Higher-dose carflizomib (Kyprolis) “provided a high overall response rate with a remarkable duration of response in patients with relapsed or refractory multiple myeloma” in a phase II study, Nikoletta Lendvai, MD, PhD, and colleagues from Memorial Sloan Kettering Center, New York, wrote in Blood. Of 42 patients evaluable for response, 23 (55%) achieved at least a partial response, with 4 requiring dexamethasone, the researchers reported.
Median duration of response was 11.7 months (range, 6.7–14.7). At a median follow-up of 18.4 months (range, 6.5–25.2), median progression-free survival was 4.1 months (range, 2.5–11.8), and overall survival was 20.3 months. The investigators concluded that the reported data “support future studies of carfilzomib 56 mg/m2 either alone or in combination with dexamethasone to validate its potential use as a standard option in clinical practice.”
Single-agent carfilzomib, a selective inhibitor, has been shown to be safe and effective in a series of phase II studies in advanced multiple myeloma, generally administered as a 2-to 10-minute intravenous infusion twice weekly for 3 weeks of a 4-week cycle at 20 mg/m2 for cycle 1 and then at 27 mg/m2 (20/27 mg/m2). “Based on these studies, carfilzomib is currently indicated in the United States for patients with relapsed and refractory [multiple myeloma] using the 20/27 mg/m2 dose,” the investigators stated.
As carfilzomib continues to be developed, its use at higher doses is being investigated, and preliminary reports suggest improved activity with manageable adverse events at higher doses, the investigators commented. In the current single-center, open-label study, carfilzomib was administered at 20 mg/m2 on days 1 to 2 of cycle 1, and at 56 mg/m2 thereafter (30-minute infusion), with the option of adding dexamethasone at 20 mg for suboptimal response/progression.
Eligibility requirements included measurable symptomatic multiple myeloma that had relapsed or was refractory to at least two prior treatment regimens (median, 5). Prior treatment with bortezomib (Velcade) and immunomodulatory drugs was required, with 77% refractory to bortezomib and 64% to both bortezomib and lenalidomide (Revlimid). The median age of patients was 63, and 43% were male.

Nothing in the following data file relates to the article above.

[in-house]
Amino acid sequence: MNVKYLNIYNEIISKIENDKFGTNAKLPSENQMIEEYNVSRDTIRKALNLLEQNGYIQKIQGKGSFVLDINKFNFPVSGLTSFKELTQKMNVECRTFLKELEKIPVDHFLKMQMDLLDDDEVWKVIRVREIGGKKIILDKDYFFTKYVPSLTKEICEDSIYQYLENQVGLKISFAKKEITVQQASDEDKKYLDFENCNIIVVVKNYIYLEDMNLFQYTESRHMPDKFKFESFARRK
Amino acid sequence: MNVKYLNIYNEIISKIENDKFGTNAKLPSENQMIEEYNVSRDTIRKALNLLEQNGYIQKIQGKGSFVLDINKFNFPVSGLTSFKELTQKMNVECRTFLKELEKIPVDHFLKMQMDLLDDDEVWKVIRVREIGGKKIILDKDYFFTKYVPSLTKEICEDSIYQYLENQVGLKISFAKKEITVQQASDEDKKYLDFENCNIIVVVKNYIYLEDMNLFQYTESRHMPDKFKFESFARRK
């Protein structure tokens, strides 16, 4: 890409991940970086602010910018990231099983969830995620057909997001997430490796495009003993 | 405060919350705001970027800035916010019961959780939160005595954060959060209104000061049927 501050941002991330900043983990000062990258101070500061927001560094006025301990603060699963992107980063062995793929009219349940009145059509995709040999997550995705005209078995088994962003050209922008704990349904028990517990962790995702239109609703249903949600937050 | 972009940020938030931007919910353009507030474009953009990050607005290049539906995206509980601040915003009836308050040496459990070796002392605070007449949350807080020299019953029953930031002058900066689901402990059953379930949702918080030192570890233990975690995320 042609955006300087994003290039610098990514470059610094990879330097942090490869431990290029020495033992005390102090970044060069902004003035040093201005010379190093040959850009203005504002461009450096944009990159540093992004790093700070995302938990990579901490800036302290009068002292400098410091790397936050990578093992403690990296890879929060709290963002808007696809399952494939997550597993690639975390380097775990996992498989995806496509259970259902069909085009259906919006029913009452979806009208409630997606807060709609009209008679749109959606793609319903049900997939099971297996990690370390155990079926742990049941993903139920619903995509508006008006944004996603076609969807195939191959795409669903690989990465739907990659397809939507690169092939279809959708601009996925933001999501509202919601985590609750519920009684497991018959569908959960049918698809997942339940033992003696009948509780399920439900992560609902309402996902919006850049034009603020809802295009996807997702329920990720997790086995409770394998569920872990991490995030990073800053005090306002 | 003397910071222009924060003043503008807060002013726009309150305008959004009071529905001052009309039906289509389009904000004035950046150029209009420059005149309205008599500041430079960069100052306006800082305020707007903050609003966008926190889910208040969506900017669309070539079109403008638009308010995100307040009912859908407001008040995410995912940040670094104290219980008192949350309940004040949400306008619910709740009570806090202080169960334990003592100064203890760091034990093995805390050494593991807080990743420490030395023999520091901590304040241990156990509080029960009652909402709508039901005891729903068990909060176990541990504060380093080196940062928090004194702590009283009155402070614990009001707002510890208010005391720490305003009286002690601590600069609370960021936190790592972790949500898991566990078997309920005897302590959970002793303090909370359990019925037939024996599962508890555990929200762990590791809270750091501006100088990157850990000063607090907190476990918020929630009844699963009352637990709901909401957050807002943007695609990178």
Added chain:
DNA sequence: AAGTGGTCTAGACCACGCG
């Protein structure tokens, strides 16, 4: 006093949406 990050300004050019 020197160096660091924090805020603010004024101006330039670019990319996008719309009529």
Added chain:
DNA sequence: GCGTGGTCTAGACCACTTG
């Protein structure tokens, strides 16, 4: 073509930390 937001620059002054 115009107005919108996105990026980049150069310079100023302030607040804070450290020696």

The 23 patients who achieved at least a partial response as their best response included 1 with a complete response and 9 with a very good partial response. They further noted that 19 patients achieved at least a partial response with single-agent carfilzomib, and 4 of 11 patients who received dexamethasone because of a suboptimal initial response eventually achieved at least a partial response and continued treatment for an additional 4.5 cycles on average.
Six patients who achieved at least a partial response with single-agent carfilzomib had disease progression, and then had dexamethasone added to their regimen. Of these, four achieved at least stable disease and continued treatment for an additional 5.5 cycles on average, the researchers reported. “Treatment was active in bortezomib-refractory subgroups, but these patients tended to have poorer outcomes compared with nonrefractory patients.”
The most frequent grade 3/4 adverse events “possibly related to carfilzomib included lymphopenia (43%), thrombocytopenia (32%), hypertension (25%), pneumonia (18%), and heart failure (11%),” the investigators noted. “It is possible that the increased rates of cardiovascular events reported here, particularly worsening of previously controlled hypertension, are a dose-dependent phenomenon associated with carfilzomib, but we also cannot rule out the potential impact of established cardiovascular risk factors in our study population,” the investigators noted. In addition to hypertension, these included cardiomyopathy and prior exposure to cardiotoxic therapies.
Adding dexamethasone did not have a clinically meaningful impact on the types or rates of adverse events. Grade 3/4 adverse events attributed to dexamethasone included fatigue, gastric ulcer, and hyperglycemia, each affecting one patient. Seven patients (16%) discontinued treatment due to adverse events, and 17 required dose reductions. Two patients died for reasons other than disease progression but considered unrelated to study treatment.
“Moving forward, more efficacy and safety data are needed to better characterize the benefit-to-risk profile of carfilzomib 56 mg/m2 ± dexamethasone in relation to standard doses of single-agent carfilzomib across [multiple myeloma] populations with respect to response, survival outcomes, and safety,” the investigators stated. Two studies are looking at higher-dose carfilzomib in patients with multiple myeloma and another at the drug’s effect on cardiac function.
“Until data from these studies become available, it would appear practical to ensure adequate blood pressure control before initiating carfilzomib 56 mg/m2 and to closely monitor patients with a history of hypertension or other cardiovascular risk factors,” the authors cautioned. “In addition, avoidance of overhydration, especially in patients with cardiac risk factors, and obtaining a baseline echocardiogram prior to initiating therapy may be indicated.” ■
Lendvai N, et al: Blood. June 24, 2014 (early release online).